‘I’m wearing Manwel Dimech’
Court & Police
Explosion in Qrendi: 28-year-old in critical condition
‘Mamadou was ill, and the doctor could not refer him to Mount Carmel’ – friends
Friends say Mali asylum seeker knew he had to return to server full detention term to get identity card.
2 July 2012, 12:00am
A 32-year-old Mali national who was beaten to death by three officers of the army's Detention Services Unit, was allegedly mentally ill but was not referred to Mount Carmel hospital, friends have told MaltaToday.
Abdallah Mohammed, who friends insist his name is Mamadou Camara and was known by the nickname Zoto, had escaped from Safi detention centre in 2009 and spent three years drifting around doing construction jobs.
Over the years, he lived in several villages with his friends, before developing what one source said were mental problems.
"Mamadou was always planning to return to detention so that he could do the full term and then be released and get an identity card number, which he wanted," one source said, claiming Mohammed needed an ID card number to be able to have access to public services.
According to the same source, Mohammed checked in at Floriana health centre to seek assistance on Saturday afternoon after friends were concerned that he might need treatment for his mental ailments.
"His friends told me the doctor could not refer him to Mount Carmel without an identity card, so he instead called the police to take him to the detention centre so that they refer him back to the psychiatrist," the source said.
According to the Detention Services Unit, Mohammed was take to Safi detention centre on Friday and then returned to Floriana centre once more to be seen by a psychiatrist. On being taken back to Safi he managed to escape and recaptured.
Police sources who spoke to MaltaToday said Mohammed was intercepted in Safi village by a detention officer who kicked him to the ground. The injuries included damage to his groin and chest.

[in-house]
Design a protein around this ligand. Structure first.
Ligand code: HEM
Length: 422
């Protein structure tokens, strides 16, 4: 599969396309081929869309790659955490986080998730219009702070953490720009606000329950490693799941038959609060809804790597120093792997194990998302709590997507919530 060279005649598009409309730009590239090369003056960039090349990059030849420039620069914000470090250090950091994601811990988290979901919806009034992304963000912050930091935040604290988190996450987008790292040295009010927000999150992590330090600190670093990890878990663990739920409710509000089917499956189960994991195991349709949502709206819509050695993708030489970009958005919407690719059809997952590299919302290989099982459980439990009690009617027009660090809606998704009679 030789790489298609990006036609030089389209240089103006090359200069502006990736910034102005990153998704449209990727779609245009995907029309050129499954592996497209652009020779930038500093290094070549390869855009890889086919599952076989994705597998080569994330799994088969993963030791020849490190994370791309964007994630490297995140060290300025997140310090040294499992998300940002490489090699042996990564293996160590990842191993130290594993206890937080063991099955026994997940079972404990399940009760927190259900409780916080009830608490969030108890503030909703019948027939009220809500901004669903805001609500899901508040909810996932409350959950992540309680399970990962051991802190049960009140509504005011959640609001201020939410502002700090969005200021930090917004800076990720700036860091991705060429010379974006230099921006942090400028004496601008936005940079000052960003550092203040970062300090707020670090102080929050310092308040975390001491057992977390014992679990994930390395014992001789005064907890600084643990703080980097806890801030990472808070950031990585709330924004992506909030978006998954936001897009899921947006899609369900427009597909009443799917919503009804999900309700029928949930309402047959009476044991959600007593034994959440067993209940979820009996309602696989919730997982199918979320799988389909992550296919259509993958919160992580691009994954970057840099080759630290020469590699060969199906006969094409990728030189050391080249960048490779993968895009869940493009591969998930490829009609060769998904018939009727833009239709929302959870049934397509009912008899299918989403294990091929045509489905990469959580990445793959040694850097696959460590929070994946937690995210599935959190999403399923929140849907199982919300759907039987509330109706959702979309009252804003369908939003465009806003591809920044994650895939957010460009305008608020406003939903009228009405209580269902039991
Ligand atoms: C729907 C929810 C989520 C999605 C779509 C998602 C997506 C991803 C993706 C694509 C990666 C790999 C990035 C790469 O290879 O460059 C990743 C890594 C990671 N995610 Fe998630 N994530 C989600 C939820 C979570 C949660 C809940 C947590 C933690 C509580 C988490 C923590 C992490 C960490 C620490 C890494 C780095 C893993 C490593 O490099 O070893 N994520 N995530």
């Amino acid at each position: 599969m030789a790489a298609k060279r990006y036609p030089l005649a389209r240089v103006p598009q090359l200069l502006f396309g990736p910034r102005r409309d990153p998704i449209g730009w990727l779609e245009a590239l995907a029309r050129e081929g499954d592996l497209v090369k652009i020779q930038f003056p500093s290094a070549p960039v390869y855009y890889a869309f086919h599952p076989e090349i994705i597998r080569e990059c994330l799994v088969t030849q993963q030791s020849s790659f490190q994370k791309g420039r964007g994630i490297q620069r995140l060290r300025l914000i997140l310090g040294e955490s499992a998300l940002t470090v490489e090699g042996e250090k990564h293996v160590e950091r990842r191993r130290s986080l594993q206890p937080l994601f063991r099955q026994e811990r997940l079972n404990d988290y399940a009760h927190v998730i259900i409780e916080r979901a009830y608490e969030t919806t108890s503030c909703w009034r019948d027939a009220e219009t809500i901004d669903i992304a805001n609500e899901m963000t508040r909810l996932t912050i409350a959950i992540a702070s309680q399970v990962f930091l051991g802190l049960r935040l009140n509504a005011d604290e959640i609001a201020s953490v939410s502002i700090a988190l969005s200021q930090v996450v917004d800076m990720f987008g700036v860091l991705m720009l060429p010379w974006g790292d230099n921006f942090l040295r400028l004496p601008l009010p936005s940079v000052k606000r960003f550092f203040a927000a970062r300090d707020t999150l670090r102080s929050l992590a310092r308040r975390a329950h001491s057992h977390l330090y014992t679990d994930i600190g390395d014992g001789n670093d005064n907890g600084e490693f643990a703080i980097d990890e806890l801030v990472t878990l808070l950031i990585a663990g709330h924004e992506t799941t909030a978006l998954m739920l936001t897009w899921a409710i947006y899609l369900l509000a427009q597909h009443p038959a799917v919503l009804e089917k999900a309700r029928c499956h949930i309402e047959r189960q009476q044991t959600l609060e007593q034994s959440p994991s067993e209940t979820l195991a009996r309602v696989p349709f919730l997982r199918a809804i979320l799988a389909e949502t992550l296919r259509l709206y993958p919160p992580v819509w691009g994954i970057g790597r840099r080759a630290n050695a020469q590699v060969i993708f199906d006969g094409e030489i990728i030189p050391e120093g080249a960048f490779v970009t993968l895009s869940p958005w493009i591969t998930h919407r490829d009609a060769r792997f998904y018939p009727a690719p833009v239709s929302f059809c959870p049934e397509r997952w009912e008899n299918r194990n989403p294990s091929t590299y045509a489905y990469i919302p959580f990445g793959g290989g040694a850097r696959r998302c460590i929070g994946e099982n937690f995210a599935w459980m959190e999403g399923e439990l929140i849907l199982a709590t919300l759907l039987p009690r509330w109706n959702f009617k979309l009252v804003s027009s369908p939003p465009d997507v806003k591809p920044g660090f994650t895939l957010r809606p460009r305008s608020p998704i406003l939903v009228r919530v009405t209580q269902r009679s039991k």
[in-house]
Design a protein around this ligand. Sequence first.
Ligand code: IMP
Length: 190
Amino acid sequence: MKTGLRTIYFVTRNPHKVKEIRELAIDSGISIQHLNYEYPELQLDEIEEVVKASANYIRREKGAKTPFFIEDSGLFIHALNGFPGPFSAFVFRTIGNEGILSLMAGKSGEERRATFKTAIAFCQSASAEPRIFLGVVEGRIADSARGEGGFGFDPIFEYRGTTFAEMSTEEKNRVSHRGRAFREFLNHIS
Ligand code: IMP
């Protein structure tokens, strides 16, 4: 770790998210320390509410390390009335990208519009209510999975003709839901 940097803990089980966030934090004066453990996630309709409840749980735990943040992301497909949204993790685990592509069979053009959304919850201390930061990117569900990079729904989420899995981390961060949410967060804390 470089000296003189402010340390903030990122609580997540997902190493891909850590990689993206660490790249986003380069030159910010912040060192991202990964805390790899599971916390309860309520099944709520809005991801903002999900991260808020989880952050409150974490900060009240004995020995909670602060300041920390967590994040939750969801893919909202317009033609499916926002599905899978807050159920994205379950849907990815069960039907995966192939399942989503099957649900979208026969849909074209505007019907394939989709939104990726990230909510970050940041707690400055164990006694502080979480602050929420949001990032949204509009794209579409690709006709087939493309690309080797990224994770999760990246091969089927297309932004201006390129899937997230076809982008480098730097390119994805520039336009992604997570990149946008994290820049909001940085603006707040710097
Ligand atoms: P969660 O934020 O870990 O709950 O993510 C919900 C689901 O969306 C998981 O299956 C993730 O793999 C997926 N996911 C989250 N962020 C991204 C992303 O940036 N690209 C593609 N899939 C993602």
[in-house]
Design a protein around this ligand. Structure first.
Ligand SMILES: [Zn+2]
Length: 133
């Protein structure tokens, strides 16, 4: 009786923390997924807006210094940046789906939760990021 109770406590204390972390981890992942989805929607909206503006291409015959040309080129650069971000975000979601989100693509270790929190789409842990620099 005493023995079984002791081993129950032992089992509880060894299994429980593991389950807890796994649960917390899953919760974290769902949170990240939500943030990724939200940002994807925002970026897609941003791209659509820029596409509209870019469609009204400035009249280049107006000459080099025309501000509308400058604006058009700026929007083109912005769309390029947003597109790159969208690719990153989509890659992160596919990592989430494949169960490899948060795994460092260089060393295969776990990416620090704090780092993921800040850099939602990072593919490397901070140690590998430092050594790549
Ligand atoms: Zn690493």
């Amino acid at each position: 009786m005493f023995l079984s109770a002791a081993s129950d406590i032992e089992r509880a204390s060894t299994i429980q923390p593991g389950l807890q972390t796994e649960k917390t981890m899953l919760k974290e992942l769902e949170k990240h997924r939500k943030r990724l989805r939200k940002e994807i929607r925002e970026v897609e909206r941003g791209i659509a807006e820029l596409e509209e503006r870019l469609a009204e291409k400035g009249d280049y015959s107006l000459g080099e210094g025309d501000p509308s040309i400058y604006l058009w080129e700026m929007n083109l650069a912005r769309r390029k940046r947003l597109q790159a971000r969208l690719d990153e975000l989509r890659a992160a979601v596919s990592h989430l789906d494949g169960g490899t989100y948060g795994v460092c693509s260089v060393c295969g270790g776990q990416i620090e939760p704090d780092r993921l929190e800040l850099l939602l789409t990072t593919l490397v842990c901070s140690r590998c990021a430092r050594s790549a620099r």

Mohammed may have died on the spot with a fatal blow, put into the van and then had tight-straps applied to his wrists.
An AFM Sergeant, a Lance Bombardier and a Private were remanded in custody after pleading not guilty to the long list of charges compiled by Inspector Keith Arnaud from the Police homicide department.
Clive Cuschieri, 29 of Paola and Mark Anthony Dimech 44 of Gzira were charged with murdering Abdalla Mohammed, 32, causing him serious injury and committing a crime they were all duty bound to prevent.
The two cried as the charges were read out, and turned to their families who were present inside the court room throughout the proceedings.
Private Gordon Pickard, 35 of Zabbar, was accused of perverting the course of justice.
Lawyer Franco Debono, who appeared for Cuschieri, claimed that the murder charge imposed on his client was excessive, and distorted the fact that all three accused had families and had gone out for a normal day's work.
His colleague, Edward Gatt, who appeared for Mark Anthony Dimech argued that the police had slapped such a heavy charge on his client to "satisfy the media's thirst", while lawyer Mark Busuttil said that his client Gordon Pickard did absolutely nothing, except for being in the Detention Van.
Prosecutor Inspector Keith Arnoud responded to the lawyer's claims explaining that the police were "nobody's puppets" adding that investigators had spent some 17 hours on the case and never looked at what the media said.
The seriousness of the incident elicited concerns by all political parties, while the United Nations refugee agency UNHCR said the incident signalled the need for a comprehensive review of Malta's detention policy.
"The prevailing policy framework dates from 2005 - a time when Malta had much less experience with managing the arrival of asylum seekers. Since then, court decisions and multiple assessments by international bodies have confirmed the need to address various aspects of the detention system," UNHCR representative Jon Hoisaeter said.
"In UNHCR's view, Malta should explore alternatives to the current detention arrangements. Whatever form such a system review could take, it should aim to urgently solve several key problems that can place asylum seekers and staff at risk."
Graduated in anthropology, Matthew Vella joined MaltaToday in 2002. He has been ed...
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